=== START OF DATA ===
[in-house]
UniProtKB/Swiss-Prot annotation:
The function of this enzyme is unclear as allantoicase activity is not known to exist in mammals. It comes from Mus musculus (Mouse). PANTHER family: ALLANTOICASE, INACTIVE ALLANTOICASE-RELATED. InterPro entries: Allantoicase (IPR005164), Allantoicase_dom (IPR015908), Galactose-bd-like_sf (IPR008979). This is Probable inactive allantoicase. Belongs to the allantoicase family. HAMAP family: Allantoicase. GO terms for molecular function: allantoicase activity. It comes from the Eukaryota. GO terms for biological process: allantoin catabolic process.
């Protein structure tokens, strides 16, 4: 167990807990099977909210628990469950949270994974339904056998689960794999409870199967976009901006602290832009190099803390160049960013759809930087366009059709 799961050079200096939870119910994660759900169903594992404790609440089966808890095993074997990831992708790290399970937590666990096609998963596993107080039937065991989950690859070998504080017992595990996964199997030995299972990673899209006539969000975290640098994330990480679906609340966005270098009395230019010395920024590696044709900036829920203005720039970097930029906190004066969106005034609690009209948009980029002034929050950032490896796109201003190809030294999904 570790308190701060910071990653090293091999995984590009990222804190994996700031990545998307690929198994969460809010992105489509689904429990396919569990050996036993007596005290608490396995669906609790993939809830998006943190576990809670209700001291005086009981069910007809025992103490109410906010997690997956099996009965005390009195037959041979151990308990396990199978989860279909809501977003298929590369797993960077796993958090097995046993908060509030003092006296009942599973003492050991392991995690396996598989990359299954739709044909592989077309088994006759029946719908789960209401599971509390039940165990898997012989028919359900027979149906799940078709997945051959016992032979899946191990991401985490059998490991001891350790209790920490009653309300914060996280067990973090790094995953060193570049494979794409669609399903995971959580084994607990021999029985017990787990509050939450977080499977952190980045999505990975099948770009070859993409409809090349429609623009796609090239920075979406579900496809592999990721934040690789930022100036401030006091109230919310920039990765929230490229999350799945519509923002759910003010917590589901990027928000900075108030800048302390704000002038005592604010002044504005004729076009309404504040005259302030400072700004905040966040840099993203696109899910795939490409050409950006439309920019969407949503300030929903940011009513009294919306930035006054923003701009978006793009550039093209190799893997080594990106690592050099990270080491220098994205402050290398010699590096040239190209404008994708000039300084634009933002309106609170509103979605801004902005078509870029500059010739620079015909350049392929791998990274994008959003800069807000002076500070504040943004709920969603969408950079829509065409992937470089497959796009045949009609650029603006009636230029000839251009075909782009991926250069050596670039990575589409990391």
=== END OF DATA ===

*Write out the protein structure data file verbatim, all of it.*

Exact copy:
[in-house]
UniProtKB/Swiss-Prot annotation:
The function of this enzyme is unclear as allantoicase activity is not known to exist in mammals. It comes from Mus musculus (Mouse). PANTHER family: ALLANTOICASE, INACTIVE ALLANTOICASE-RELATED. InterPro entries: Allantoicase (IPR005164), Allantoicase_dom (IPR015908), Galactose-bd-like_sf (IPR008979). This is Probable inactive allantoicase. Belongs to the allantoicase family. HAMAP family: Allantoicase. GO terms for molecular function: allantoicase activity. It comes from the Eukaryota. GO terms for biological process: allantoin catabolic process.
């Protein structure tokens, strides 16, 4: 167990807990099977909210628990469950949270994974339904056998689960794999409870199967976009901006602290832009190099803390160049960013759809930087366009059709 799961050079200096939870119910994660759900169903594992404790609440089966808890095993074997990831992708790290399970937590666990096609998963596993107080039937065991989950690859070998504080017992595990996964199997030995299972990673899209006539969000975290640098994330990480679906609340966005270098009395230019010395920024590696044709900036829920203005720039970097930029906190004066969106005034609690009209948009980029002034929050950032490896796109201003190809030294999904 570790308190701060910071990653090293091999995984590009990222804190994996700031990545998307690929198994969460809010992105489509689904429990396919569990050996036993007596005290608490396995669906609790993939809830998006943190576990809670209700001291005086009981069910007809025992103490109410906010997690997956099996009965005390009195037959041979151990308990396990199978989860279909809501977003298929590369797993960077796993958090097995046993908060509030003092006296009942599973003492050991392991995690396996598989990359299954739709044909592989077309088994006759029946719908789960209401599971509390039940165990898997012989028919359900027979149906799940078709997945051959016992032979899946191990991401985490059998490991001891350790209790920490009653309300914060996280067990973090790094995953060193570049494979794409669609399903995971959580084994607990021999029985017990787990509050939450977080499977952190980045999505990975099948770009070859993409409809090349429609623009796609090239920075979406579900496809592999990721934040690789930022100036401030006091109230919310920039990765929230490229999350799945519509923002759910003010917590589901990027928000900075108030800048302390704000002038005592604010002044504005004729076009309404504040005259302030400072700004905040966040840099993203696109899910795939490409050409950006439309920019969407949503300030929903940011009513009294919306930035006054923003701009978006793009550039093209190799893997080594990106690592050099990270080491220098994205402050290398010699590096040239190209404008994708000039300084634009933002309106609170509103979605801004902005078509870029500059010739620079015909350049392929791998990274994008959003800069807000002076500070504040943004709920969603969408950079829509065409992937470089497959796009045949009609650029603006009636230029000839251009075909782009991926250069050596670039990575589409990391």